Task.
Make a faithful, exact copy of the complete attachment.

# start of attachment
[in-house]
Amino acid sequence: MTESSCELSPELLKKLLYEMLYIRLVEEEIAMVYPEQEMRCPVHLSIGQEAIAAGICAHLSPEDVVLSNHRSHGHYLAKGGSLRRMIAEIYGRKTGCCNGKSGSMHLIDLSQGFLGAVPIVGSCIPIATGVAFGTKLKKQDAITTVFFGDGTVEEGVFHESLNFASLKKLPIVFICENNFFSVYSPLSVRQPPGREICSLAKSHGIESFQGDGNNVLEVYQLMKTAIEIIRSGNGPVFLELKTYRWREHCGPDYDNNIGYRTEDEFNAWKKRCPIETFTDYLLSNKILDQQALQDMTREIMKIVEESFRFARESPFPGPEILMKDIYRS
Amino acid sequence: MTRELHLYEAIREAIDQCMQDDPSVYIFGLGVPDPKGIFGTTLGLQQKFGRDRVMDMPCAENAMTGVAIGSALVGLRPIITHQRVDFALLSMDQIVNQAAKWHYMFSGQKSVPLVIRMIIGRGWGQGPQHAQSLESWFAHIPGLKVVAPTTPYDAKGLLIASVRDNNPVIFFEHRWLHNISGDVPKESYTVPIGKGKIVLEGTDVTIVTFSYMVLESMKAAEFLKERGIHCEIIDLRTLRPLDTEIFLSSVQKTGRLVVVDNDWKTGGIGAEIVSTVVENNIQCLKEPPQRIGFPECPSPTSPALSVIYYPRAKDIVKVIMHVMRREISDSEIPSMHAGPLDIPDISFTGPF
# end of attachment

[in-house]
Amino acid sequence: MTESSCELSPELLKKLLYEMLYIRLVEEEIAMVYPEQEMRCPVHLSIGQEAIAAGICAHLSPEDVVLSNHRSHGHYLAKGGSLRRMIAEIYGRKTGCCNGKSGSMHLIDLSQGFLGAVPIVGSCIPIATGVAFGTKLKKQDAITTVFFGDGTVEEGVFHESLNFASLKKLPIVFICENNFFSVYSPLSVRQPPGREICSLAKSHGIESFQGDGNNVLEVYQLMKTAIEIIRSGNGPVFLELKTYRWREHCGPDYDNNIGYRTEDEFNAWKKRCPIETFTDYLLSNKILDQQALQDMTREIMKIVEESFRFARESPFPGPEILMKDIYRS
Amino acid sequence: MTRELHLYEAIREAIDQCMQDDPSVYIFGLGVPDPKGIFGTTLGLQQKFGRDRVMDMPCAENAMTGVAIGSALVGLRPIITHQRVDFALLSMDQIVNQAAKWHYMFSGQKSVPLVIRMIIGRGWGQGPQHAQSLESWFAHIPGLKVVAPTTPYDAKGLLIASVRDNNPVIFFEHRWLHNISGDVPKESYTVPIGKGKIVLEGTDVTIVTFSYMVLESMKAAEFLKERGIHCEIIDLRTLRPLDTEIFLSSVQKTGRLVVVDNDWKTGGIGAEIVSTVVENNIQCLKEPPQRIGFPECPSPTSPALSVIYYPRAKDIVKVIMHVMRREISDSEIPSMHAGPLDIPDISFTGPF